Victory at Sea – First Impressions
I played my first game of Victory at Sea (Mongoose Games) organised by Derek last night. Neither of us were completely conversant with the rules, though Derek had produced some superb quick reference aids which certainly facilitated play.
We played using 1/3000 Skytrex ships representing the British and Italian navies in the Mediterranean in the Second World War.
The British started the game with a carrier and support escorting a convoy midway along the north long side of the table. The Italians started with their battleship, cruisers and destroyers in the South East corner. The Italians had to sink the cargo ships and escorts before the British relief turned up.
3 cargo ships
British Relief Force
The game opened with the Italian fleet splitting with the destroyers sweeping north, with the principal sheets heading west. The British made full speed towards the South West corner. The carrier was so effective at this in the ensuing turns that it was off the table in 4 turns without having been engaged.
The second turn saw the first serious combat. Both the Italians and Brits released torpedos and fired their main weapons. One British cruiser was soon a floating hulk though not before it had sunk one of the Italian destroyers..
The third turn saw the Italian destoyers start to close with the cargo ships whilst the main Italian ships engaged the cruisers and destroyers (Needless to remind you that the British Carrier was by now alomost off the table). One cargo ship down.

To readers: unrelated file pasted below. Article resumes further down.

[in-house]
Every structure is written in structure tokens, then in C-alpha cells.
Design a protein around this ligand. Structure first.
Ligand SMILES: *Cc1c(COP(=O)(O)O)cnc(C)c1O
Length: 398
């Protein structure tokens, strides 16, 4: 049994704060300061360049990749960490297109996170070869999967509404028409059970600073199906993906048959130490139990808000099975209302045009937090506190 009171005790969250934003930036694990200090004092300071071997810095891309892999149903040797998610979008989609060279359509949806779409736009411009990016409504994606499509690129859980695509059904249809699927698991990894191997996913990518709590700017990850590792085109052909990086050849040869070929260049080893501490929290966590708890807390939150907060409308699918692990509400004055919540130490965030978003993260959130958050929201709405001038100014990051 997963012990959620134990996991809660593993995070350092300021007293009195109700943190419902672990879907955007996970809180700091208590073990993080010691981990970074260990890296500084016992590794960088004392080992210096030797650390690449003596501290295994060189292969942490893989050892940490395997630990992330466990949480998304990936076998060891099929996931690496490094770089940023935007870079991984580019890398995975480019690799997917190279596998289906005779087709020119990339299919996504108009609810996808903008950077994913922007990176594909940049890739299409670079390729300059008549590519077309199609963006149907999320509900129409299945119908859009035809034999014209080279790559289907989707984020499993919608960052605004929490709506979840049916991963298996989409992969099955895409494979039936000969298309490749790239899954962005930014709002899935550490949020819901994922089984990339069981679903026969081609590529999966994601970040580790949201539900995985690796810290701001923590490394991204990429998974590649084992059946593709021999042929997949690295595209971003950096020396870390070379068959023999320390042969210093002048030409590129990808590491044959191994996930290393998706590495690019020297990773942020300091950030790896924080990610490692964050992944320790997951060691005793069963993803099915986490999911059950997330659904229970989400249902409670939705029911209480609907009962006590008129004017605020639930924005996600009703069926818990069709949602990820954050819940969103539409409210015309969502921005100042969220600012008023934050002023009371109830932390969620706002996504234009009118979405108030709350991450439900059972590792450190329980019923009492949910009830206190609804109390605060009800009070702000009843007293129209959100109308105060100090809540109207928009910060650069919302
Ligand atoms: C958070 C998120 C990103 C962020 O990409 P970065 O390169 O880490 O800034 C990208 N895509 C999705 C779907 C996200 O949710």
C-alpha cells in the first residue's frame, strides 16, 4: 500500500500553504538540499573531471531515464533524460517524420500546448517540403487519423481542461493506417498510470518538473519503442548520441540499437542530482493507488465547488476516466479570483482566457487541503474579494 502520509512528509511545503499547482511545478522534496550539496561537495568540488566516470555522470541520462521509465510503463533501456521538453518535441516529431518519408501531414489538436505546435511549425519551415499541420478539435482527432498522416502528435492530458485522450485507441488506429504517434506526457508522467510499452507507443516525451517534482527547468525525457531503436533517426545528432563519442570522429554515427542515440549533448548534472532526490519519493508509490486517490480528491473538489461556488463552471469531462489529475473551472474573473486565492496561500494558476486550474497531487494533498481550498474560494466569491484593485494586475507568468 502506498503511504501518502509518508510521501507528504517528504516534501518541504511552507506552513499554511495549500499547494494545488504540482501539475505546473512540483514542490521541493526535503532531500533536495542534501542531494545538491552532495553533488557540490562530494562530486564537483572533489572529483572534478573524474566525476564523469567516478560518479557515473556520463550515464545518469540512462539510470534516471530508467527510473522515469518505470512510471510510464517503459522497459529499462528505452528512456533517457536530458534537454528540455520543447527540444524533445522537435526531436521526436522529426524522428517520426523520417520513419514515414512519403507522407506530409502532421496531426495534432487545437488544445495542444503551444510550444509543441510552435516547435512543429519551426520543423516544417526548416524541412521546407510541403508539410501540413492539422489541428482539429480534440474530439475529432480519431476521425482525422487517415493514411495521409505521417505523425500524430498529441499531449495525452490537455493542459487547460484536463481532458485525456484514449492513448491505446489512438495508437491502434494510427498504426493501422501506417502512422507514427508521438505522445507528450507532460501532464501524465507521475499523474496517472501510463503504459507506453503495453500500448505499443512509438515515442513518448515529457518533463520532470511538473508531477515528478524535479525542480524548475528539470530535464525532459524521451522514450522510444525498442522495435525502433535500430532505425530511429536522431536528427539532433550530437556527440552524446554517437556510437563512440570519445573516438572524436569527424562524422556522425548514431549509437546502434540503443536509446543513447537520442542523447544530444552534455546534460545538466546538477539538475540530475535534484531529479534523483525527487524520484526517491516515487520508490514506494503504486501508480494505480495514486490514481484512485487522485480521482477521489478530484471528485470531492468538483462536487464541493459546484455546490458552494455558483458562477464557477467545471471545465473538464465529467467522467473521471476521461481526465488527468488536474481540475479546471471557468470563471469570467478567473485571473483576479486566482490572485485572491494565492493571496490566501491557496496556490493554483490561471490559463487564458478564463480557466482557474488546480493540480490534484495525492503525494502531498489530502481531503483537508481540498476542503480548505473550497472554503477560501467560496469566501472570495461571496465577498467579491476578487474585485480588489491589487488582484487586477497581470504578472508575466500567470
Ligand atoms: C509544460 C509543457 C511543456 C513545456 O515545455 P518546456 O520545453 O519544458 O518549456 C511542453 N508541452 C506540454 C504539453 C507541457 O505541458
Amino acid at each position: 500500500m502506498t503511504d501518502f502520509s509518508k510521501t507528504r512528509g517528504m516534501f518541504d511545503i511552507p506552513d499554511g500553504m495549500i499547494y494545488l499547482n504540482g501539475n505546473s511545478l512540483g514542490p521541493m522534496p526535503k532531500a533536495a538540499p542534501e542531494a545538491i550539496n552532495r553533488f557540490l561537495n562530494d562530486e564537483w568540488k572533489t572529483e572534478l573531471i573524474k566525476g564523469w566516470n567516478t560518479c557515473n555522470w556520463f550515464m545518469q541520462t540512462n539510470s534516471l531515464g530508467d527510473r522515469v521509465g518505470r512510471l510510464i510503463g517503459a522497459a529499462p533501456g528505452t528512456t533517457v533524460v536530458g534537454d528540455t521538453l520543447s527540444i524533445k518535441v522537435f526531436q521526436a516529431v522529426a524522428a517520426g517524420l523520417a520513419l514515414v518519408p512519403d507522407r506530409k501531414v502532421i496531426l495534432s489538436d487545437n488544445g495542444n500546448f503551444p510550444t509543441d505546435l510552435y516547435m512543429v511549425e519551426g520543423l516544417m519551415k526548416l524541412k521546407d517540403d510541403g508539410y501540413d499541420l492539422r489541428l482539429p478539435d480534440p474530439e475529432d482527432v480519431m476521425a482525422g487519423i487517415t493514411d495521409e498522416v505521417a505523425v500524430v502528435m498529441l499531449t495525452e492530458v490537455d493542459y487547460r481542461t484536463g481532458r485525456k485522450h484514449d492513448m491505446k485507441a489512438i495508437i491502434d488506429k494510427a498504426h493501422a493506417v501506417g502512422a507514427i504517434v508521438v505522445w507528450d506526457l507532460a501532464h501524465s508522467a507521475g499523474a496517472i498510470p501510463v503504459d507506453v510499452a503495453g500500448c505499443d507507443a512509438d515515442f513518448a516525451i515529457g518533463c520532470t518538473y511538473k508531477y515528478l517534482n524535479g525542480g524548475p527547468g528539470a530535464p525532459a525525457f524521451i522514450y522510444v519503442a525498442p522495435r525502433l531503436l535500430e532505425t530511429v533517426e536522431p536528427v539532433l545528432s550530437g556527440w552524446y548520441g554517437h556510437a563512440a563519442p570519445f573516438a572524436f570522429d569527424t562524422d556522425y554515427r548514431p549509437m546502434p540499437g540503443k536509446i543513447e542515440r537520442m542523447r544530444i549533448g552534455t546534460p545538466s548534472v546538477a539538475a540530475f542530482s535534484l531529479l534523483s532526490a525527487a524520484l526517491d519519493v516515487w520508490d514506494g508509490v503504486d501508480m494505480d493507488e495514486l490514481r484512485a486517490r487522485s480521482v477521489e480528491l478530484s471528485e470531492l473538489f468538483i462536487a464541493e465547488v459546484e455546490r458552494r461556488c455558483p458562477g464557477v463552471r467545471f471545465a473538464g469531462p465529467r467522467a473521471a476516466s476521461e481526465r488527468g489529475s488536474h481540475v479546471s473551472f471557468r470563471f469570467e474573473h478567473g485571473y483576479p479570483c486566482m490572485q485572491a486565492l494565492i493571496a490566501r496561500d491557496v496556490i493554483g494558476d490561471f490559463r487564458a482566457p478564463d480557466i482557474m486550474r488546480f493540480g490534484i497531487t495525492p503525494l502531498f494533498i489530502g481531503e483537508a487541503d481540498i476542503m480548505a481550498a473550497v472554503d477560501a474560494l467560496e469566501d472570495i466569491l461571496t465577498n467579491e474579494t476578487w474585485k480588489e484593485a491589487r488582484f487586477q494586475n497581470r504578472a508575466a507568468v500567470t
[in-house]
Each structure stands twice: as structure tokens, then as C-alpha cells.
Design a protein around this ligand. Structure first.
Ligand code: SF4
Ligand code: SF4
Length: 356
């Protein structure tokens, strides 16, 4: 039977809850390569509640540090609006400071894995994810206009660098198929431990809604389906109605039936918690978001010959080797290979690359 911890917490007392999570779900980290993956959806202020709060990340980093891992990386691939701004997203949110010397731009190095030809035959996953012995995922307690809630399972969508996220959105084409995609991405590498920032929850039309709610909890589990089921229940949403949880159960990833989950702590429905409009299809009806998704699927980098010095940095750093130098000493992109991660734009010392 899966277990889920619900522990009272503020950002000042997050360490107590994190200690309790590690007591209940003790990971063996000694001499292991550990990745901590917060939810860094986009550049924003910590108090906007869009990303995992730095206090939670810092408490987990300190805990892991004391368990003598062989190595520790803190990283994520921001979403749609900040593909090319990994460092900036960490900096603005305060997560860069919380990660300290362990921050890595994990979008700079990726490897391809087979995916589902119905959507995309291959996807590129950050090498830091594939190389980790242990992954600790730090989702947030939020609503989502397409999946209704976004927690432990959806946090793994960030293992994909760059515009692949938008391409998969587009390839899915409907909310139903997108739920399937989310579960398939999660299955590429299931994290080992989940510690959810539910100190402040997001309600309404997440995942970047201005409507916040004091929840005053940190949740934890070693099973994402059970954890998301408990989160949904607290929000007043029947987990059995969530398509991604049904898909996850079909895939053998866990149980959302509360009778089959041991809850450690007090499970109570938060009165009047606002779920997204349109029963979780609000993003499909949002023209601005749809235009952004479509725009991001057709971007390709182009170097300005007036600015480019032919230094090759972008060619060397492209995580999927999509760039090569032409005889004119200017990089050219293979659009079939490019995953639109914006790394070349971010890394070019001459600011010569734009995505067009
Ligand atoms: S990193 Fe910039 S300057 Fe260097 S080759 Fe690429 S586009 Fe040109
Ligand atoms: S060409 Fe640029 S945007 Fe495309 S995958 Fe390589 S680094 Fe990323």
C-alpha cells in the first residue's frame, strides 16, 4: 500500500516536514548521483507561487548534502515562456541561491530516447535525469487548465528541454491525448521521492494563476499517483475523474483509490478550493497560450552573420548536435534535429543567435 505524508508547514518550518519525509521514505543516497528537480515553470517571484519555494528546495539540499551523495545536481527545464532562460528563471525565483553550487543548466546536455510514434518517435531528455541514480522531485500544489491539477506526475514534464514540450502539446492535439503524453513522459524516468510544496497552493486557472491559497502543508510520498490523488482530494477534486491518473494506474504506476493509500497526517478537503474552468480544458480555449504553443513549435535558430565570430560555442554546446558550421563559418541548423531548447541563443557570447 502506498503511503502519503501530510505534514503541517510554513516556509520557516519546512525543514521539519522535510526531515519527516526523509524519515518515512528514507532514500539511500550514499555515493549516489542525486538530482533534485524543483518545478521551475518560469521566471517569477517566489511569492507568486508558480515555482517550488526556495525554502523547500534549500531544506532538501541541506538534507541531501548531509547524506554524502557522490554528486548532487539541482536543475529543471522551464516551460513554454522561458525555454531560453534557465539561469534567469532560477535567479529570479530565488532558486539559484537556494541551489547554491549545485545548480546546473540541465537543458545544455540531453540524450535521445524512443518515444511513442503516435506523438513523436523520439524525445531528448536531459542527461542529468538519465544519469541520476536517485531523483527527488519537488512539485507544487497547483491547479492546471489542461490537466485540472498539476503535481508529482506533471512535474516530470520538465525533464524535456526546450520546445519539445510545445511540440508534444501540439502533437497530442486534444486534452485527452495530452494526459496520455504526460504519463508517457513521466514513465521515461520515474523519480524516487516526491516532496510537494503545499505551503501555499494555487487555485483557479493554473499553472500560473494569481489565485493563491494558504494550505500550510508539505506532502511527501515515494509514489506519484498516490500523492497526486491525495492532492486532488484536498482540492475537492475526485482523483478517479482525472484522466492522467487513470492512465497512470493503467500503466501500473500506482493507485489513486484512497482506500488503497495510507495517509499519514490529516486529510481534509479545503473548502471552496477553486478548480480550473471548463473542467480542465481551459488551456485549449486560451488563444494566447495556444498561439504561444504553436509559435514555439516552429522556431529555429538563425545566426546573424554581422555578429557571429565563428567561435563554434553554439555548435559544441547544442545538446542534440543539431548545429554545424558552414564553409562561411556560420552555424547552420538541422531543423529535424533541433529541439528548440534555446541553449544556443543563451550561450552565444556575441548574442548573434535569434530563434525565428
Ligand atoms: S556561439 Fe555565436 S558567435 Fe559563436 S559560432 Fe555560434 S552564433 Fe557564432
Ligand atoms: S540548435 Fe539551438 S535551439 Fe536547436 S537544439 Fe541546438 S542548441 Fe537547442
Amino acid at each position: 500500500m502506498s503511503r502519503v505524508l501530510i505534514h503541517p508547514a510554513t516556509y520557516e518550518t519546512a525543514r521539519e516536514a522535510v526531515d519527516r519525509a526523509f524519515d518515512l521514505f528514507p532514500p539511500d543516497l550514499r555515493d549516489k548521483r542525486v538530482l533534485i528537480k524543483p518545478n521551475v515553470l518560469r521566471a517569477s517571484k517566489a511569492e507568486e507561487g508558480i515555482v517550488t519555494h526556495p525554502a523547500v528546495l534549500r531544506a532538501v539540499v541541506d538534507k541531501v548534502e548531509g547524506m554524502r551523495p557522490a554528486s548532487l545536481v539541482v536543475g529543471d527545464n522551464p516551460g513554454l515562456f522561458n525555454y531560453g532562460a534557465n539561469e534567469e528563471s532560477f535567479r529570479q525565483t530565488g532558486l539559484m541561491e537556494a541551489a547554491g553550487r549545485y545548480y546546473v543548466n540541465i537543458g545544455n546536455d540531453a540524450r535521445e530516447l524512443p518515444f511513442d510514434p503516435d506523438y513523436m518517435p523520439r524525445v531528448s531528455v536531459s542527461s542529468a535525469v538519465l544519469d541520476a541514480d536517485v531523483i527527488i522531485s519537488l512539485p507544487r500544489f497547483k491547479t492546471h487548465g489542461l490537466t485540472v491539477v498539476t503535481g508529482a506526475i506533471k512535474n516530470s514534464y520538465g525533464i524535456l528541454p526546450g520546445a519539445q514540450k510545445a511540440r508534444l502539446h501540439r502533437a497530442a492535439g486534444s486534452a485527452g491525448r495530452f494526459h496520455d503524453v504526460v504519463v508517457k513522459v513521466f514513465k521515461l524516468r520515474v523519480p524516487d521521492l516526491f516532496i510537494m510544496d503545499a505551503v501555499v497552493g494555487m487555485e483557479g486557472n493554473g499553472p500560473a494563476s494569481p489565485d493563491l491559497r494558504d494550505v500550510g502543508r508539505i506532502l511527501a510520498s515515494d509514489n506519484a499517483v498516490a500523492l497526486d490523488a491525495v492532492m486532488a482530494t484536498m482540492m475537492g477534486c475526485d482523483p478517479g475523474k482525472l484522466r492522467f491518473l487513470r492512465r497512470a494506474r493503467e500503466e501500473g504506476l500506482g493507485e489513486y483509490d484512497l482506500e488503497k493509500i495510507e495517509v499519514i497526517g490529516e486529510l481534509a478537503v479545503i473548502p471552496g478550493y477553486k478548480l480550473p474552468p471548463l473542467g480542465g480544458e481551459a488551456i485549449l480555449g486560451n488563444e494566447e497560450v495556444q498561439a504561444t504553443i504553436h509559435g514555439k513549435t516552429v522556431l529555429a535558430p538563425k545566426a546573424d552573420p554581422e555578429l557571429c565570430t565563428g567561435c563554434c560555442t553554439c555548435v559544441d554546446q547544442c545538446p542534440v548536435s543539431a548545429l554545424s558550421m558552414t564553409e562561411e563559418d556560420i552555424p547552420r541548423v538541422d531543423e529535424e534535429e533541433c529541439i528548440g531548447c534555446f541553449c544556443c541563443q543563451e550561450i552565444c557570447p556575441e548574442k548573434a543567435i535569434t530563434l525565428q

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To finish the story, the British cruiser “Bonaventure” was soon disappearing beneath the waves as were the Destroyers “Nubian” and “Mohawk” for the loss of 1 Italian destroyer. Whilst the convoy remnants limped for the safe zone (tanker only moved 1.5″ at flank speed) the remaining Italian destroyers harried them like dogs! The cruiser “Ajax” was forced to attack the 3 major Italian ships in order to buy some time for the “Warspite” to engage. Unfortunately, as “Warspite” appeared “Ajax” was slipping beneath the waves at the additional loss of the “Garibaldi” to the Italians. Some particularly good gunfire from the Italian battle ship resulted in 12 damage and two criticals affecting the engines and secondary weapons! Effectively, the British Navy had failed to support the convoy as the destroyers sank the merchant navy vessels with torpedoes and secondary weapons, at this point the “Warspite” decided to shadow the retreating “Illustrious”aircraft carrier.
The game was devised as a potential engagement from the forces available in March 1941 at Cape Matapan. We did not use the points system from the rules (obviously too thick to grasp the concept) and decided for reality.
The rules worked well enabling a number of ships to be handled in a game by two novices. I think that the layout of the rules could be improved but did not hamper the flow of the game too much. One query I have with the rules is regards critical hits and ships with armour 6+ as it would appear all hits would therfore be potential criticals. (something to clarify). More games to play I guess. Thanks Warren, an excellent game even if I saw few ships returning to base.